Cloud storage has been the rave these past years. It offers much flexibility for companies that need a reliable data storage solution. Being able to access and update files using any device then collaborate with your team anywhere at the same time are just some of the flexibilities that cloud storage offers.
Despite its many benefits, cloud storage still possesses some risks. Security, for example. You still need to sort out which files can be put in the cloud and which ones can’t.
What NOT to store in the cloud
Any files holding confidential and/or sensitive information that must be protected from unauthorized access must never go to cloud storage. There are three types of sensitive information: personal, business, and classified information.
Information that can be used to trace an individual is within the scope of personal information. This includes Social Security number, passport, biometric, and medical information.
This includes clients’ and suppliers’ information, investment, acquisition plans, trade secrets, and financial data. In essence, any confidential and proprietary business information is considered sensitive business information. The above examples are simply some of the common ones since each business may have its own standards.
Any information pertinent to security measures is categorized as classified information. Regardless of how safe the providers claim their cloud storage are, you’re still exposing yourself and your business to unnecessary risks should you insist on keeping classified information on the cloud.
What to store in the cloud
Keeping photos of your last family picnic as well as videos and selfies in the cloud is generally all right. However, pay close attention to each before uploading them. To be more specific be sure the background is OK.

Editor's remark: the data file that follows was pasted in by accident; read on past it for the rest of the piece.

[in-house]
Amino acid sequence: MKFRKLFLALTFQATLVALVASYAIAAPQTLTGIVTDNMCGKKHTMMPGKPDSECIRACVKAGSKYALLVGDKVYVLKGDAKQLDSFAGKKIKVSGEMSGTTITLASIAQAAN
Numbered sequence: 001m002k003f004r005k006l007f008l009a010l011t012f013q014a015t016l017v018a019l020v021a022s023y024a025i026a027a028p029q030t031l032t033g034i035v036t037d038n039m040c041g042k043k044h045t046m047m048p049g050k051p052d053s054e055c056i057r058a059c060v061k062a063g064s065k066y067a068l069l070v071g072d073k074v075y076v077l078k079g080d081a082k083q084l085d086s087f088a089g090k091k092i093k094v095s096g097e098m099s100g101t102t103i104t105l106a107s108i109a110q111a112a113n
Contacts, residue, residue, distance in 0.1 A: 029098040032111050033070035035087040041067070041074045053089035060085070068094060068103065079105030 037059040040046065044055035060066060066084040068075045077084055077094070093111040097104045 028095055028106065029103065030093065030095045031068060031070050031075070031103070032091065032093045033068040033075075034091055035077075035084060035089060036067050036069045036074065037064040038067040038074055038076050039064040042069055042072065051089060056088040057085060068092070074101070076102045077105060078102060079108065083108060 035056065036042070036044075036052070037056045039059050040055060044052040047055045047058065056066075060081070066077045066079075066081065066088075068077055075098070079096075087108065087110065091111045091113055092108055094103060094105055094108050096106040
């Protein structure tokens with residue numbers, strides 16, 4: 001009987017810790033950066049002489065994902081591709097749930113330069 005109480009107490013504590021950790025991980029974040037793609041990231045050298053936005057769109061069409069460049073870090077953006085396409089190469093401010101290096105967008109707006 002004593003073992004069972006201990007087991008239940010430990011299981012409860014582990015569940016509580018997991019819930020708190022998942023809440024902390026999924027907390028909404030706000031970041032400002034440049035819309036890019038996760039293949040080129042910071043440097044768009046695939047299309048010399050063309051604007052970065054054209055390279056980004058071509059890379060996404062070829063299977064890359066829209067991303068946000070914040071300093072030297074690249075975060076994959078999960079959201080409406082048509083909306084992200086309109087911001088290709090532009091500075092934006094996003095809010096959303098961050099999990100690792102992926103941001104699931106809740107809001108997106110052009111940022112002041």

People tend to forget that their surroundings can reveal much more than had originally intended. If you’re a medical professional taking a selfie in the hospital and your background shows a whiteboard with a list of patient names, you’re effectively breaching patient confidentiality. Such a picture must never be stored in the cloud nor shared in social media.
Even the things you can’t see in the picture may reveal too much. Modern phones and cameras can embed geo-location, time, and equipment information. Are you OK with the possibility of such information being in the wrong hands?
“Anything else I should note?”
Yes. Remember to convert all images to WebP format as it gives better quality images than JPEG yet smaller in size. Also convert your videos to MP4 format since it’s typically have better compression and thus smaller in size too.
“Why do I need to do that?”
To save space and bandwidth, of course. This is especially important when every penny counts. Sure, the cost of storage is cheap. Amazon Drive only charges you $59.99 for 1TB of storage but bandwidth is still expensive. Even if only 20% of the files are frequently accessed, the cost of bandwidth will add up quickly.